I didn't know Heath Huberg personally. I only knew knew him through the stories I read and the things his friends told me.
I know he was an accomplished singer from the Lakes Area. I know he was married with a young daughter. I know he was diagnosed with a rare form of cancer. I know all this because I wrote a piece about Heath and a fundraiser his friends organized after his diagnosis. So I felt truly saddened when his obituary came across my desk this week.
There was a sense of pride in the community when I saw some 97 people had donated more than $10,000 in a little less than two weeks during an online fundraiser to cover expenses for Heath and his wife. That account eventually hit $15,000 and there was still a local concert benefit to come. His loved ones were behind both him and his family as they sought experimental treatment.
Unfortunately, in some cases, support doesn't necessarily end the way we might hope – and I genuinely hoped Heath would beat his cancer. I know I wasn't alone in this and I'm sure our community isn't the only one to have been disappointed by what God had planned for those around us.
In fact, I know it isn't.
In a coffee shop just two hours and some change to the east of here, there was a small, framed photo of a young man not yet ready to graduate high school. Beside him stood a wresting referee, holding the young man's hand high in victory. The young man's name was Dustin Palmer.
I knew Dusty. Not as well as others did, but I knew him. He'd had bone cancer before I even crossed paths with him. He fought his cancer hard, and he was winning for awhile, but it eventually took his leg, and later it took his life. Yet, he had a seemingly perpetual positive attitude, which served as a reminder of the faith which helped fuel it — much like I understand Heath to have done.
Up until the day Dusty passed, I had believed he would be healed again — that he would finally kick his cancer to the curb, that he would live, that he would graduate. But he wasn't, and he didn't. Dusty died at the age of 16. He had been part of my youth group, and I remember the heavy silence as some 20 teenagers or so prayed earnestly for Dusty's family that week. It was hard to comprehend at the time why God would allow the cancer to win. So many of us had been praying for him to be healed, and so many people were feeling his loss very deeply.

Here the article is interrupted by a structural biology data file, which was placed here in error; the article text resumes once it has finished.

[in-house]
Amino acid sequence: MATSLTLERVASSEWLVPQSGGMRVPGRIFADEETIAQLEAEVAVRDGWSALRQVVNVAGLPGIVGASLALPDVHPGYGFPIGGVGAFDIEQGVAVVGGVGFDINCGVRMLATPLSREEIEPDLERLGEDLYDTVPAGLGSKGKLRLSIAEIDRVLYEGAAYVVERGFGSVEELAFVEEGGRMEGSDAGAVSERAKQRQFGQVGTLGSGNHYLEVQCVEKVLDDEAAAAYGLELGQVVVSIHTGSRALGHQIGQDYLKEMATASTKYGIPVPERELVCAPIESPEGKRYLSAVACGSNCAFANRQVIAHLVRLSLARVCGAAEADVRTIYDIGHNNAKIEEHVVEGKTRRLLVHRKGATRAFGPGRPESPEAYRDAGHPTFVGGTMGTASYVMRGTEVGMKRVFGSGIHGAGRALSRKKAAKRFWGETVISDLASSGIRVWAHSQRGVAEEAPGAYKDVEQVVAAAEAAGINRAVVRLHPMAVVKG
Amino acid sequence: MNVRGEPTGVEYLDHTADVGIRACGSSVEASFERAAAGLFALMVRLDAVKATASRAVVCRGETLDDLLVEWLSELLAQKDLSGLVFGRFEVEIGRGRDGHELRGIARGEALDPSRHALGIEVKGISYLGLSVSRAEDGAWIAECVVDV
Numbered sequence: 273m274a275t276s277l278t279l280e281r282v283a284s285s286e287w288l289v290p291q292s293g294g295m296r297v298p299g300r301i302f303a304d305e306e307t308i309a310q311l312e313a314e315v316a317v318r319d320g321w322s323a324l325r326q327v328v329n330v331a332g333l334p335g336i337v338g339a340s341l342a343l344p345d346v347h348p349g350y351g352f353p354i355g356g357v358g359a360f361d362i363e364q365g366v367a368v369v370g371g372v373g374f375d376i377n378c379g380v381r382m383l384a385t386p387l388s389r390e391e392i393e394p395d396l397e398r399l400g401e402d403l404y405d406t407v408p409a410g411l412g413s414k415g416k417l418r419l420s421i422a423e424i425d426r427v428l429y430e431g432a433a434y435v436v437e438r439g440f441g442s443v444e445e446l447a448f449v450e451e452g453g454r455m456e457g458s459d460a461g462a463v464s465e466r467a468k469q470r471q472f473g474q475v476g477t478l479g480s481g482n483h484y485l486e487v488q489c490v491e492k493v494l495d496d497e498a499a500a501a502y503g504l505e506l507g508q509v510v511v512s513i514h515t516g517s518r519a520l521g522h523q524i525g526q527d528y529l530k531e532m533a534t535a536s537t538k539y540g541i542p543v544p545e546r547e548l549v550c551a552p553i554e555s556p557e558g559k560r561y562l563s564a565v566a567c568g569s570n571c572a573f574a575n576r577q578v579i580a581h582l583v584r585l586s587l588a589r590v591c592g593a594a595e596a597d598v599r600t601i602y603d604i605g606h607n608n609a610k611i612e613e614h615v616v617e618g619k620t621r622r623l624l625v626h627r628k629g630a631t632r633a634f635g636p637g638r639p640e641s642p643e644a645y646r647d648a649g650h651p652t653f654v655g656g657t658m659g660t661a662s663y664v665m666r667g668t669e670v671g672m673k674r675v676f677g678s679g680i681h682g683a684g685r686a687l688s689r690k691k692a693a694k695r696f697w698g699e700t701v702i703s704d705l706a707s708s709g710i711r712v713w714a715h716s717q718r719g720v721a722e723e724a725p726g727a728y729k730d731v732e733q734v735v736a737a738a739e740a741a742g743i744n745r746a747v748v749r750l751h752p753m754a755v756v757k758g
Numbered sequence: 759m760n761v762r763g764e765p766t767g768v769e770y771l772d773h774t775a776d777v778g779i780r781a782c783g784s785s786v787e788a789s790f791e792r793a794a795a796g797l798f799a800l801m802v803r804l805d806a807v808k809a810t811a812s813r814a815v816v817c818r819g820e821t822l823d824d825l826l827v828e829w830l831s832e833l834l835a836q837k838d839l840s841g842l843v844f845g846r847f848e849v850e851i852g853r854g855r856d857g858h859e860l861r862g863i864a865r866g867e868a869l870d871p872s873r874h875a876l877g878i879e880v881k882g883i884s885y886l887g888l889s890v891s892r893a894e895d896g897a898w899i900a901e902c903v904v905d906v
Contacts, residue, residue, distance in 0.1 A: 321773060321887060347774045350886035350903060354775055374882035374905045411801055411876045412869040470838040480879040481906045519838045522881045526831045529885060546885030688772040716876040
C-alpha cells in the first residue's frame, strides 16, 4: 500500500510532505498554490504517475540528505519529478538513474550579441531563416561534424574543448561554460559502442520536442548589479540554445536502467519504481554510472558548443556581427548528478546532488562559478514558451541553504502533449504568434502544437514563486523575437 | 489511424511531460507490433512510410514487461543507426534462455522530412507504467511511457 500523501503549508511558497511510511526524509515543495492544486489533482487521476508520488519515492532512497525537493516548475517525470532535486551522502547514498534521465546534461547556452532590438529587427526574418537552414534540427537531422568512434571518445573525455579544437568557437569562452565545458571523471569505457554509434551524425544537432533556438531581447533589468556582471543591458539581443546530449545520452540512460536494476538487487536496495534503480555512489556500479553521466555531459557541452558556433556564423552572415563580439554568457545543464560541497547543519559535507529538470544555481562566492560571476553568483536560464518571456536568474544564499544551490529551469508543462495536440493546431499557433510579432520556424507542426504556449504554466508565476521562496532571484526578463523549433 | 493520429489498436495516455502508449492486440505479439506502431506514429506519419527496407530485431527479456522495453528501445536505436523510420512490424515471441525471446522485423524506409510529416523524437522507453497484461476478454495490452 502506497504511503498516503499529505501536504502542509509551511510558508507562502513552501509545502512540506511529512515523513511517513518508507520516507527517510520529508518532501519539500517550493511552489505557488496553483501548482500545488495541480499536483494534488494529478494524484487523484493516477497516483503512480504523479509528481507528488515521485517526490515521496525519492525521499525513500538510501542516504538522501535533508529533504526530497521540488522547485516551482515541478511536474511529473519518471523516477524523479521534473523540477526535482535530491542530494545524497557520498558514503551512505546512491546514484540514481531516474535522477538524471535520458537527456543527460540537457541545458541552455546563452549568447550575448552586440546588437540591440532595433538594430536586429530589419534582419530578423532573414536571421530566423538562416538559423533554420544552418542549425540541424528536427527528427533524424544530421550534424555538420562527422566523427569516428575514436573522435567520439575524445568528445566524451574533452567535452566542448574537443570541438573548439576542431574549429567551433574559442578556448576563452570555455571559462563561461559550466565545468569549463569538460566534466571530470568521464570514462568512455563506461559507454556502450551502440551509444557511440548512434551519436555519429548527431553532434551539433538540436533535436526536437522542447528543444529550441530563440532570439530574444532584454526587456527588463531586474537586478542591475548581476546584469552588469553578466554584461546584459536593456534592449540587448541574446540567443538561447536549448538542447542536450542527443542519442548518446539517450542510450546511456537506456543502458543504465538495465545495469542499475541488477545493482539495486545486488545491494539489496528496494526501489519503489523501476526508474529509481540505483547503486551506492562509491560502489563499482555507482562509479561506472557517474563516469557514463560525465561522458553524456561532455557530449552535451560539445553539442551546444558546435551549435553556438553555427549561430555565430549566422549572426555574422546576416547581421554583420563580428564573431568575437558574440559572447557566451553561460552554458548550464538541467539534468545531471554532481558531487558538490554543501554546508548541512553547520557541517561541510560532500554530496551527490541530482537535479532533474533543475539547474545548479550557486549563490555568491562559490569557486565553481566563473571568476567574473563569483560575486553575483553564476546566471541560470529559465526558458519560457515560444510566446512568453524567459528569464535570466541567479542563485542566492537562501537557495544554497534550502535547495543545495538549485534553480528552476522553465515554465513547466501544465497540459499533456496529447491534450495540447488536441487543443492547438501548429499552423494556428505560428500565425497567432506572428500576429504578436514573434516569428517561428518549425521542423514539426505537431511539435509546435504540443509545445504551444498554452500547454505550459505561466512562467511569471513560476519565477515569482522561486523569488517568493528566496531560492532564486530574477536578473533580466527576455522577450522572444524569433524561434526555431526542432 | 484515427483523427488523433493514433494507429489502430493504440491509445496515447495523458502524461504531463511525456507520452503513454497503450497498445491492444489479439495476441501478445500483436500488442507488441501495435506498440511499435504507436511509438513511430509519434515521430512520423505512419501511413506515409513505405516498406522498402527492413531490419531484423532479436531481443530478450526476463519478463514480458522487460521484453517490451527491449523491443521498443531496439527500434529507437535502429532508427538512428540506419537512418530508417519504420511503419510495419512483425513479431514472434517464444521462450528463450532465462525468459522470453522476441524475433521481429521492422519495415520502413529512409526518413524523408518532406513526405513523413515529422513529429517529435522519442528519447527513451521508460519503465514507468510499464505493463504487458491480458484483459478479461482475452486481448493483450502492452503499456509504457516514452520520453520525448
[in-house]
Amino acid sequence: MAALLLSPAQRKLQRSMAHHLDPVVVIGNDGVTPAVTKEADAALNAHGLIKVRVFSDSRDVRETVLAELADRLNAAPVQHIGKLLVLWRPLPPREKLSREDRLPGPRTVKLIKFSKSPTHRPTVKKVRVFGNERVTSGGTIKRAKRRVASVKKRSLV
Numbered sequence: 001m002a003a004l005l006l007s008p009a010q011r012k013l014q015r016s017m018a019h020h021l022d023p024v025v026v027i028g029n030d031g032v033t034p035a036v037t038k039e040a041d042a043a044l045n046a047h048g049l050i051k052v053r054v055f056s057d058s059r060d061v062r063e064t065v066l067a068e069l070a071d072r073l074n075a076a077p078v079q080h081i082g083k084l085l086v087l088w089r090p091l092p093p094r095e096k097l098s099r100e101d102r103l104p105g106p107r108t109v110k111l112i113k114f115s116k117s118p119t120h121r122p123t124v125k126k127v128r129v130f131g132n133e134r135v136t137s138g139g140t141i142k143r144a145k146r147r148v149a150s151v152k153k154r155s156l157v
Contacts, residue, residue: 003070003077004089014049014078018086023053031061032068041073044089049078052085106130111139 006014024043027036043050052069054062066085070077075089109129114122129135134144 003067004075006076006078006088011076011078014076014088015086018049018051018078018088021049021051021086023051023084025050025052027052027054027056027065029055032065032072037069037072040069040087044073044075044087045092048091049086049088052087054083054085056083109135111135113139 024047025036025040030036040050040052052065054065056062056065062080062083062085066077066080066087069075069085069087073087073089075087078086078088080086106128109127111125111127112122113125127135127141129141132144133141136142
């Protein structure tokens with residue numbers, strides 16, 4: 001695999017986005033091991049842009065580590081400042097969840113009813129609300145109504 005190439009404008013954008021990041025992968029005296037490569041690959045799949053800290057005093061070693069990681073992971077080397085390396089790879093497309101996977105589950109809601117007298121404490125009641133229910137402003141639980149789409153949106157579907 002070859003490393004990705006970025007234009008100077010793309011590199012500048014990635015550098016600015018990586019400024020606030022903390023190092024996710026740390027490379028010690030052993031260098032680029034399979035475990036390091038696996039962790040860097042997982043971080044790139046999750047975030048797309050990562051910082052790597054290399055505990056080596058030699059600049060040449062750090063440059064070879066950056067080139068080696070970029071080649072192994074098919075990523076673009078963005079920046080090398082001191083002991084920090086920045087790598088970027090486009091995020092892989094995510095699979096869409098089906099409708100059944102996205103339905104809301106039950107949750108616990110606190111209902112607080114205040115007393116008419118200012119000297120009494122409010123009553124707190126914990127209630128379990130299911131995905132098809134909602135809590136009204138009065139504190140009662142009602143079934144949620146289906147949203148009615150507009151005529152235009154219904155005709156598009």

Perhaps the answers will never fully come, but I feel I was offered a hint some years later. You see, I worked at that coffee shop where Dusty's photo hung, and one day a couple I had just served asked about the black and white photo on the wall — they knew the ref, but didn't recognize Dusty. For those few, brief moments, telling the story of Dusty's faith and perseverance fell to me. And as the brass bell above the door chimed, that couple carried Dustin's story home with them — to what end, I'll never know.
I imagine Heath's story will be spread through similar means, and that's as it should be in my opinion. There is no reason the brilliance of a faith-filled life should end with death. In fact, in many ways, the continued telling of how faith and death intermingled is an indication of just how well placed that person's faith was.
The stories of the loved ones we've lost are no light burden to bear. It may not be often we are given the chance to share the story. We ourselves may only share it a handful of times, but in doing so, we pass on hints of the faith, trust and belief that was central to our loved ones and, in doing so, even their passing becomes a benefit for those they had yet to meet.
Like I said, I didn't know Heath personally, but you might have. If you did, I challenge you to keep a weather eye out for opportunities to share his story and point others toward the faith he held. I promise, not only will it help heal your own hurt, it will be something someone else needs to hear.